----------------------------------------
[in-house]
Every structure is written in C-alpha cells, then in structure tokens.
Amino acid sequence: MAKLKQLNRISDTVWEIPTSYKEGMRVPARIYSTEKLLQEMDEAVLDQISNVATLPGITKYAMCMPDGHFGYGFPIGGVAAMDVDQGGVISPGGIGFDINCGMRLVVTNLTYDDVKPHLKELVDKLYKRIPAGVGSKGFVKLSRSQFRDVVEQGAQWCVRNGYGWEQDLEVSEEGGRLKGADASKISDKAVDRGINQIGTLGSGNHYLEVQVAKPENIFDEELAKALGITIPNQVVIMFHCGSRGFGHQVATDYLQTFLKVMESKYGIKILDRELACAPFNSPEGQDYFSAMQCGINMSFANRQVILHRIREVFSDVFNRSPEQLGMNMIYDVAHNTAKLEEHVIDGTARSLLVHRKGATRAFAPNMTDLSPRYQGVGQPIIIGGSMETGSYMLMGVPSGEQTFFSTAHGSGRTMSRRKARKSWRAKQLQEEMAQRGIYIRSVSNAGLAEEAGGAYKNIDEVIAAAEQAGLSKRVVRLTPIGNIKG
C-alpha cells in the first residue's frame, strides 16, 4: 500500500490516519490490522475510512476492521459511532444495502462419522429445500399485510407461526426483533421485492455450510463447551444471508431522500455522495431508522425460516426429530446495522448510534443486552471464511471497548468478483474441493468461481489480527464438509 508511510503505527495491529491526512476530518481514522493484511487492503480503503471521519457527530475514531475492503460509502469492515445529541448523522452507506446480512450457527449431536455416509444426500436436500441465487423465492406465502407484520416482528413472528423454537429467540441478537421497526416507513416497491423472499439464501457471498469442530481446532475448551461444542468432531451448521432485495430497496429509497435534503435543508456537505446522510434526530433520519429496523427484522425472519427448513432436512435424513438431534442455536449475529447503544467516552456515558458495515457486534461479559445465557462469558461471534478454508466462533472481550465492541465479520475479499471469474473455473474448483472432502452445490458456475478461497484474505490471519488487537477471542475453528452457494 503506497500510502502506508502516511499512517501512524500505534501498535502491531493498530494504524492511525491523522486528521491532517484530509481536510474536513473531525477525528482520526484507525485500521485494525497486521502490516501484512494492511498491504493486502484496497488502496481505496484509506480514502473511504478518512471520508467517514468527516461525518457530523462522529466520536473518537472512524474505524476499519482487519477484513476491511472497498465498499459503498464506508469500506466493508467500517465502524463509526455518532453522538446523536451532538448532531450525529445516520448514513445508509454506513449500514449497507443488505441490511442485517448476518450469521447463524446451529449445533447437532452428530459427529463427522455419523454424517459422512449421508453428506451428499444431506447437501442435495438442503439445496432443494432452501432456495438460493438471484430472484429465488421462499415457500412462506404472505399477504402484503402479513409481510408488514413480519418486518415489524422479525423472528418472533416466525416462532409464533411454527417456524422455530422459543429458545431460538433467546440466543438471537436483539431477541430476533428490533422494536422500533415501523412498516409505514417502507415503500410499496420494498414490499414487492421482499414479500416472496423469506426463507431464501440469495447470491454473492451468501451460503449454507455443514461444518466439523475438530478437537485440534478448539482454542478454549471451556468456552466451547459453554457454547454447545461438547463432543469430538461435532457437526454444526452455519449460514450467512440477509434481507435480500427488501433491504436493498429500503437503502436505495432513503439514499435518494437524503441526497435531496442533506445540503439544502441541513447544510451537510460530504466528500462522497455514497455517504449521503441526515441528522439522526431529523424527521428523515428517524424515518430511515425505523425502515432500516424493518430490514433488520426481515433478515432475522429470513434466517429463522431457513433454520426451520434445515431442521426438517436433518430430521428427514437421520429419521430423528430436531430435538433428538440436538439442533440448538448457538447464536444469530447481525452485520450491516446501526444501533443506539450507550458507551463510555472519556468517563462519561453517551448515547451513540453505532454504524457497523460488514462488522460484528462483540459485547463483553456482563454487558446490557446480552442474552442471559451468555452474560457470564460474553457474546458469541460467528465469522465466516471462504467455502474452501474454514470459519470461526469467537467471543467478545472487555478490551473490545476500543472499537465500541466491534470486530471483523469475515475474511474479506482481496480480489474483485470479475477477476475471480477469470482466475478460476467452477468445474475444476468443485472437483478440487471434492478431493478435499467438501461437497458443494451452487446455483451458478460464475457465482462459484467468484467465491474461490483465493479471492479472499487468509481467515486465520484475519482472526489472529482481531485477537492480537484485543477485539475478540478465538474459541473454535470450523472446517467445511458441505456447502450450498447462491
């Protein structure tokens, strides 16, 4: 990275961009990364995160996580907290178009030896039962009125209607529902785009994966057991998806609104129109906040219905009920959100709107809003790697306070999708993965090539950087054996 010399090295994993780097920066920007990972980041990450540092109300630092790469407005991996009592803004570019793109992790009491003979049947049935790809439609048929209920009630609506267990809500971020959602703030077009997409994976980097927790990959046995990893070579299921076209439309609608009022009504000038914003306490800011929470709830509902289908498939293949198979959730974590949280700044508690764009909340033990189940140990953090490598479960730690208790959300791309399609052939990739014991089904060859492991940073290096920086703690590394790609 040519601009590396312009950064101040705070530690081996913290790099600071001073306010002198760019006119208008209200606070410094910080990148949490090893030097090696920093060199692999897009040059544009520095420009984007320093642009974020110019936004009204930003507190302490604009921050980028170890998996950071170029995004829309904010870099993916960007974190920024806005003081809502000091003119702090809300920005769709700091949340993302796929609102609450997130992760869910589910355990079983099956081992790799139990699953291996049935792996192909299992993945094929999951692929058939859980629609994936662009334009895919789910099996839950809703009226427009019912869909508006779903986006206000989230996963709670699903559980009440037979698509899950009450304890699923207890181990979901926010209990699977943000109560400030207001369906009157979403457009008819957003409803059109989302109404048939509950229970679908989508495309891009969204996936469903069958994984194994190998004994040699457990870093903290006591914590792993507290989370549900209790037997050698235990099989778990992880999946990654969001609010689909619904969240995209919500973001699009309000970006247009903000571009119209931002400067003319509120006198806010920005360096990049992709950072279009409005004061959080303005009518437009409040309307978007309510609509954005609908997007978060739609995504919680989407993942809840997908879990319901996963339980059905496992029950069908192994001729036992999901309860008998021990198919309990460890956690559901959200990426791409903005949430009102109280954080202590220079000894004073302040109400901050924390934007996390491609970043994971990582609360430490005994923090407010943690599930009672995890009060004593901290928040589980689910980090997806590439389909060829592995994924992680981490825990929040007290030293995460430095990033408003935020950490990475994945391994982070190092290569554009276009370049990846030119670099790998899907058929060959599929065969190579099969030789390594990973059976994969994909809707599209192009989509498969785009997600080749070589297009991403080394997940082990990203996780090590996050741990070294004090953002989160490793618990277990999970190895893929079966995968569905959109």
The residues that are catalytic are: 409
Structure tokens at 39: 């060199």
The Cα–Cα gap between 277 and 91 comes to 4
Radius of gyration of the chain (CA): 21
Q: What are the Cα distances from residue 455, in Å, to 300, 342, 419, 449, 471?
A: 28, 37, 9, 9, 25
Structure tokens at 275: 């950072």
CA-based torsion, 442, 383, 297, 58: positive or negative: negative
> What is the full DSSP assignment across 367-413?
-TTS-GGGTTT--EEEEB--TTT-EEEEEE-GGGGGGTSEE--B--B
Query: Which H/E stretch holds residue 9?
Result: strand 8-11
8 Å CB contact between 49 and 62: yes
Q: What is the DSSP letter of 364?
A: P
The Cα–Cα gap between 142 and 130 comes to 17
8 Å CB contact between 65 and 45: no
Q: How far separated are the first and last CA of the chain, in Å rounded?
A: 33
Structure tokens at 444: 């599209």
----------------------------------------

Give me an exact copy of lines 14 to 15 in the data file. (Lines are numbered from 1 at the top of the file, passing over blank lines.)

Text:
> What is the full DSSP assignment across 367-413?
-TTS-GGGTTT--EEEEB--TTT-EEEEEE-GGGGGGTSEE--B--B